Booking cancellation charges hit Indian shippers as rate levels stabilise
Container lines covering Indian trades have begun to penalise customers, and more severely spot customers, for failing to fulfill their bookings as committed.
These charges are generally in the range of US$100 to US$400 per container for contract clients, while for walk-in customers, they are hovering at around US$1,000 per box.
Mediterranean Shipping Co. (MSC) will start applying no-show container penalties on Indian customers from 1 June.
“In view of our ongoing efforts to enable accommodate our customer’s growing demands, it is felt the need to control and manage our bookings efficiently and to be able to manage the current constraints faced in planning & optimization of our capacities,” MSC Agencies (India) said in a customer advisory.
“In this regard, MSC wishes to implement Booking Cancellation Fees (BCF), that will be applicable for all export ‘unmaterialised’ bookings against which containers are not picked up, till the port cut-off of the vessel on which booking is issued,” the company added.
Other leading carriers to/from India are also imposing heavy fines on cancelled bookings.
There is no denying that a large scale of booking cancellations and no-shows crimp ship operators’ ability to optimise capacity and make the complex supply-demand balancing increasingly difficult.
However, with ongoing constant schedule changes and blank sailings on major routes, Indian exporters also face a daunting task of planning their shipments and eventually, end up incurring hefty penalties for not meeting their slot bookings.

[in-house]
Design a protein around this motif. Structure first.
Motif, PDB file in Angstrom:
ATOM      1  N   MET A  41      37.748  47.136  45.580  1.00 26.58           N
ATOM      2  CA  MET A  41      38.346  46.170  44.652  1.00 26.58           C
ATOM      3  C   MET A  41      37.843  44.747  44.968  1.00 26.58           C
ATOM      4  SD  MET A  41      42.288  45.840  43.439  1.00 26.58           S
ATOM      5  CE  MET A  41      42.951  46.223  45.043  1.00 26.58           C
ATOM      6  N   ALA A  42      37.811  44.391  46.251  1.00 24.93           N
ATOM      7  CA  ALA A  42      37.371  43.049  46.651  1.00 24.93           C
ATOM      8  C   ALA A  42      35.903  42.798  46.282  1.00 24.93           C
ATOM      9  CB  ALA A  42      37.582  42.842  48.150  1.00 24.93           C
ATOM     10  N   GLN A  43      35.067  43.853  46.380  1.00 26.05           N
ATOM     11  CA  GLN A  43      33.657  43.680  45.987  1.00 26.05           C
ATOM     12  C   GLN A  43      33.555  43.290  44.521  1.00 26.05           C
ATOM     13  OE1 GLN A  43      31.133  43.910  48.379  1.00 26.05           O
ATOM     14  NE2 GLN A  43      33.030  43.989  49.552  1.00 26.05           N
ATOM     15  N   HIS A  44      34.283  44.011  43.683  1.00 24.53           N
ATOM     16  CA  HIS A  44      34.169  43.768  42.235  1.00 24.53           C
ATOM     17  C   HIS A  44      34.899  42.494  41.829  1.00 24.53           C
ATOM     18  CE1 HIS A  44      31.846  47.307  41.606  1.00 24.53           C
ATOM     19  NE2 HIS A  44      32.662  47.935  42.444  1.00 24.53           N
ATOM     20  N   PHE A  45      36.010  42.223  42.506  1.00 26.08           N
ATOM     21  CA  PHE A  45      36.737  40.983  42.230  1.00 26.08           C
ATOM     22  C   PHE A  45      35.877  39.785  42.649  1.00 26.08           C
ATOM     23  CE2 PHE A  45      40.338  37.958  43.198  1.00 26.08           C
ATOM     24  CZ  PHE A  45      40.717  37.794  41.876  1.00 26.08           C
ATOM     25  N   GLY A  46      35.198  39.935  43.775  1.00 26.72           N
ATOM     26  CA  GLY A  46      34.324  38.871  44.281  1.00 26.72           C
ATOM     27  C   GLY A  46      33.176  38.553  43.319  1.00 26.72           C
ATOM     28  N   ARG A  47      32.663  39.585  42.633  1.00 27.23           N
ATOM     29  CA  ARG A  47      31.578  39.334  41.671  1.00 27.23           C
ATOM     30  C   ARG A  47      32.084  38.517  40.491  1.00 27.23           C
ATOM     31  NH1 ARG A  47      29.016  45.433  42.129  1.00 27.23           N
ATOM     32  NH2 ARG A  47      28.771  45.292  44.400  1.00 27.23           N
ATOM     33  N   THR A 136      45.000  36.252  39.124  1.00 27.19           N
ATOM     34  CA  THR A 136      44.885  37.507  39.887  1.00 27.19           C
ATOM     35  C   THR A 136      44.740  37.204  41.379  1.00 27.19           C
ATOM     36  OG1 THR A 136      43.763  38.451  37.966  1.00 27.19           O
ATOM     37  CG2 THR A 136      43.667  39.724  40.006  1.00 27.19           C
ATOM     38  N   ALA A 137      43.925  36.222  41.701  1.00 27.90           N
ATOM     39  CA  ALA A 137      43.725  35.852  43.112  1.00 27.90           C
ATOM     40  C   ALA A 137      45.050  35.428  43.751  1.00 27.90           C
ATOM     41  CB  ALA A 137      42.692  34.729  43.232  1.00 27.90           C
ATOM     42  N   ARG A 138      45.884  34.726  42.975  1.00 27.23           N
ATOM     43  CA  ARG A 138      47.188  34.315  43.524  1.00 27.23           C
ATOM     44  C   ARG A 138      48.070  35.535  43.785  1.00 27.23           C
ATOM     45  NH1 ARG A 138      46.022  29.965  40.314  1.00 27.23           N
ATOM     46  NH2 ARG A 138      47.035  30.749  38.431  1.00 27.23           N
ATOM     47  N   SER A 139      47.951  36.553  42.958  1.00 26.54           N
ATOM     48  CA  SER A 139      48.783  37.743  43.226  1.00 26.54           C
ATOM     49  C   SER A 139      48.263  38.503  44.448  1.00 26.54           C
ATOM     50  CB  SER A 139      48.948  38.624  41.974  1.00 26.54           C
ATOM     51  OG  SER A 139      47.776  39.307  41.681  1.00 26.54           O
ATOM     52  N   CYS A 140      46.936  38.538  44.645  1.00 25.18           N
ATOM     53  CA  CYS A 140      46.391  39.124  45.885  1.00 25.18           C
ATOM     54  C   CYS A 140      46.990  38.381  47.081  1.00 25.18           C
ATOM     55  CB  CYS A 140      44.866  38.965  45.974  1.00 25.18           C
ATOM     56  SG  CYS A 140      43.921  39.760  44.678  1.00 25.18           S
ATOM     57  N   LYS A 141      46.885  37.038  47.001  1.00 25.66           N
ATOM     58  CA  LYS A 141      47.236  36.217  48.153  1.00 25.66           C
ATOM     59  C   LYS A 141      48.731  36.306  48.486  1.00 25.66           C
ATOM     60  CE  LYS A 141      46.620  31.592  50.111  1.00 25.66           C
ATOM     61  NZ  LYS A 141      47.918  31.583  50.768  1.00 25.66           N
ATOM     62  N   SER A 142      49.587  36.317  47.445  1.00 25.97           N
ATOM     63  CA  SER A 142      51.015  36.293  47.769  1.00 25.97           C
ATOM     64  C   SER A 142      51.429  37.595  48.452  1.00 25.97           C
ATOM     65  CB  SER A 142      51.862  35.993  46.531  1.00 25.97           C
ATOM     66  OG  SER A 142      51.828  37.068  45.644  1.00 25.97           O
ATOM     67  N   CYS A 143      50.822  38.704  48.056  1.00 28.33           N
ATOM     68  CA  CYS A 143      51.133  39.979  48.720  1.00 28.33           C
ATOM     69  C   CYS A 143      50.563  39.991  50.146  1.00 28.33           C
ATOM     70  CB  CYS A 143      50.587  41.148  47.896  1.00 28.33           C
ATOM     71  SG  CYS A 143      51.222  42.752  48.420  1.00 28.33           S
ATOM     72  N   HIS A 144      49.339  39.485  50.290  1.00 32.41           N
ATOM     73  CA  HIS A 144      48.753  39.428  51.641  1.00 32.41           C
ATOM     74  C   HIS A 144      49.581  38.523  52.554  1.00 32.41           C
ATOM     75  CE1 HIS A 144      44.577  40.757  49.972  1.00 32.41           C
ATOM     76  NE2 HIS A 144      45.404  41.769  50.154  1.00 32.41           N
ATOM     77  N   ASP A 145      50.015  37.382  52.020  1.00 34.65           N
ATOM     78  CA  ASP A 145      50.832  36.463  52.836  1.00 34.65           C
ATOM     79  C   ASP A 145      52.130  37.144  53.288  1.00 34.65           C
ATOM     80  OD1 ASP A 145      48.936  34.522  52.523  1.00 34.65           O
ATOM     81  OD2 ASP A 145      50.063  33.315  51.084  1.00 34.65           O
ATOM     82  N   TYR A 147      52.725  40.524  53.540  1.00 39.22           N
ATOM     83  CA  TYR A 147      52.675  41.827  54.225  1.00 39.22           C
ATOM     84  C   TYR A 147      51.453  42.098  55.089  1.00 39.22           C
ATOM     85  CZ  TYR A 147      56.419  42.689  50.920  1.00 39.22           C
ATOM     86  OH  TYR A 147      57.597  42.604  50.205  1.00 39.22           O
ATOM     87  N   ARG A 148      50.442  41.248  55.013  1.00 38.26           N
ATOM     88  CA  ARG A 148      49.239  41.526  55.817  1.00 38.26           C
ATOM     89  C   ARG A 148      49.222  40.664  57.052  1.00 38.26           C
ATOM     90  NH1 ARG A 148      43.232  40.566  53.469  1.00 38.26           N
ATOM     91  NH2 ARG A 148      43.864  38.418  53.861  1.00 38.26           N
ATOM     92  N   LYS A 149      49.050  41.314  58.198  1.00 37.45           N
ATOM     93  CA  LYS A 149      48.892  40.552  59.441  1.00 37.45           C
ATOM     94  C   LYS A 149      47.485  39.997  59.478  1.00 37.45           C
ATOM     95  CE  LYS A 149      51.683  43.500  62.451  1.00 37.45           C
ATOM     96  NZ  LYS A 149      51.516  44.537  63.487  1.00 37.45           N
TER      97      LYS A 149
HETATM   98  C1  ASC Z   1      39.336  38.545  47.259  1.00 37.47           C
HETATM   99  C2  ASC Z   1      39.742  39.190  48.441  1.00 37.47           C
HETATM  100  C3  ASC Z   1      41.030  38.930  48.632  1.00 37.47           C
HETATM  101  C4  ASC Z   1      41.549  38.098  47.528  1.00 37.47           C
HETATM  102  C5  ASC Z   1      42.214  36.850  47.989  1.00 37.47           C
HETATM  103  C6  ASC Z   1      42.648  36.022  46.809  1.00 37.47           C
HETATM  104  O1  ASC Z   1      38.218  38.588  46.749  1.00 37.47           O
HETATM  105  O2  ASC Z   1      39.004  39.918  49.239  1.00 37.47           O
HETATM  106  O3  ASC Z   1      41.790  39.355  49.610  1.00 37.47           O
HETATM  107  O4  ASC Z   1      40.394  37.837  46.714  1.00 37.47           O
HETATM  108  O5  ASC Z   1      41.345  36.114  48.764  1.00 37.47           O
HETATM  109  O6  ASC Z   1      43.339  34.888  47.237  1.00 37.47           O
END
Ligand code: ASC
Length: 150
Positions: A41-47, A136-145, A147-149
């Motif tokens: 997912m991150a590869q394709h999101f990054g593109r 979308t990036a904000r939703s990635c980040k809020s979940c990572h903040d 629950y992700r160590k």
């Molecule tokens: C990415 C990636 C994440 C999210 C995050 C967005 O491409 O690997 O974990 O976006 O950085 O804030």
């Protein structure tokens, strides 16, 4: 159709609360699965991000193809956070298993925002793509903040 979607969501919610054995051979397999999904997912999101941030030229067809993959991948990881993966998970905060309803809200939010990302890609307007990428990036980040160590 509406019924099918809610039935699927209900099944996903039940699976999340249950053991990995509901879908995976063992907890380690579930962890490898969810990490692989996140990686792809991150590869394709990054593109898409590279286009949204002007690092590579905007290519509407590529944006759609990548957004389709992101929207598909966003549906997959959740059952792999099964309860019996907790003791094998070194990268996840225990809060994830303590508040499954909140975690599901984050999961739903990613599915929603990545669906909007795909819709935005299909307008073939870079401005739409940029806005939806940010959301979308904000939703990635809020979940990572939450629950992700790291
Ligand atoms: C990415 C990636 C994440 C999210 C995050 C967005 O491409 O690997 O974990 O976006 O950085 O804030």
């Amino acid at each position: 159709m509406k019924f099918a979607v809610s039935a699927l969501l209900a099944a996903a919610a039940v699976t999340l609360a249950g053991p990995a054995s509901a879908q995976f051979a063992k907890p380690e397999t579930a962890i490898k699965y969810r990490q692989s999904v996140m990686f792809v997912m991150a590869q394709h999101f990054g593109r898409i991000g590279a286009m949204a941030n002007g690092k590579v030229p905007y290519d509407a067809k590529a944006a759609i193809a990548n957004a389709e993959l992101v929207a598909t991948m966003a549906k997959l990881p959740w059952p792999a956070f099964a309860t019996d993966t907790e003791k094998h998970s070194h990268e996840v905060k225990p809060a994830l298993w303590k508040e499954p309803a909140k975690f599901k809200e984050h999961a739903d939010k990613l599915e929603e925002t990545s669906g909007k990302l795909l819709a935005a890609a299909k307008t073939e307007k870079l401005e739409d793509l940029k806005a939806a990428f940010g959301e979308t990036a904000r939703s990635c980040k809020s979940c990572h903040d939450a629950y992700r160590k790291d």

Sanjay Bhatia, co-founder of Mumbai-based digital freight broker Freightwalla, told Container News, “Ships sail at reduced capacity if there is a no-show of containers for loading leading to lower profitability for the shipping lines. Amidst high freight rates, the addition of no-show penalties is an additional burden. It will add to the freight forwarders and NVOCC costs, eventually passing on to the shippers.”
He added, “The approach may not be taken well by the forwarders and small and mid-sized exporters as they are under constant pressure due to persisting supply chain issues. No-shows result from multiple inconsistent practices like double booking, intermediary supply chain issues, cancelled booking, and delays from the source.”
Bhatia said that as a digital forwarder, Freightwalla constantly urges its clients to plan their ocean shipments well in advance in order to avert the risk of potential cargo shut-outs or booking cancellation charges.
According to industry sources, to avoid cargo rollovers, shippers at times are forced to book one container with multiple carriers. “Such ad hoc booking trends will only end when there is better schedule reliability,” pointed out a freight forwarder.